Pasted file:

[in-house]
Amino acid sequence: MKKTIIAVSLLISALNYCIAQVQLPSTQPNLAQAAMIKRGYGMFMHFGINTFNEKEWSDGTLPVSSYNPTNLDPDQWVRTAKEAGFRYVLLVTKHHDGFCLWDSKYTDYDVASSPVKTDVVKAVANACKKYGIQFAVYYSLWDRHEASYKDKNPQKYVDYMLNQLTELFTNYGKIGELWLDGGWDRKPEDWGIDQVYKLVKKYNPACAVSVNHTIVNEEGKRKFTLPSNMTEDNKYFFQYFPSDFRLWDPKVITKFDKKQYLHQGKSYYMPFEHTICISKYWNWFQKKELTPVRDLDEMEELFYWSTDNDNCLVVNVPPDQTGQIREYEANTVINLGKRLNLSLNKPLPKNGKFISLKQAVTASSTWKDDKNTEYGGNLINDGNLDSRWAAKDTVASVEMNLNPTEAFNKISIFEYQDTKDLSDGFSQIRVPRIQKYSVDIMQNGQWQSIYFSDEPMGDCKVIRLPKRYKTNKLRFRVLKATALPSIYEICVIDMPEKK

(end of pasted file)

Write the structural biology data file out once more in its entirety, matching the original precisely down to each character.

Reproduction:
[in-house]
Amino acid sequence: MKKTIIAVSLLISALNYCIAQVQLPSTQPNLAQAAMIKRGYGMFMHFGINTFNEKEWSDGTLPVSSYNPTNLDPDQWVRTAKEAGFRYVLLVTKHHDGFCLWDSKYTDYDVASSPVKTDVVKAVANACKKYGIQFAVYYSLWDRHEASYKDKNPQKYVDYMLNQLTELFTNYGKIGELWLDGGWDRKPEDWGIDQVYKLVKKYNPACAVSVNHTIVNEEGKRKFTLPSNMTEDNKYFFQYFPSDFRLWDPKVITKFDKKQYLHQGKSYYMPFEHTICISKYWNWFQKKELTPVRDLDEMEELFYWSTDNDNCLVVNVPPDQTGQIREYEANTVINLGKRLNLSLNKPLPKNGKFISLKQAVTASSTWKDDKNTEYGGNLINDGNLDSRWAAKDTVASVEMNLNPTEAFNKISIFEYQDTKDLSDGFSQIRVPRIQKYSVDIMQNGQWQSIYFSDEPMGDCKVIRLPKRYKTNKLRFRVLKATALPSIYEICVIDMPEKK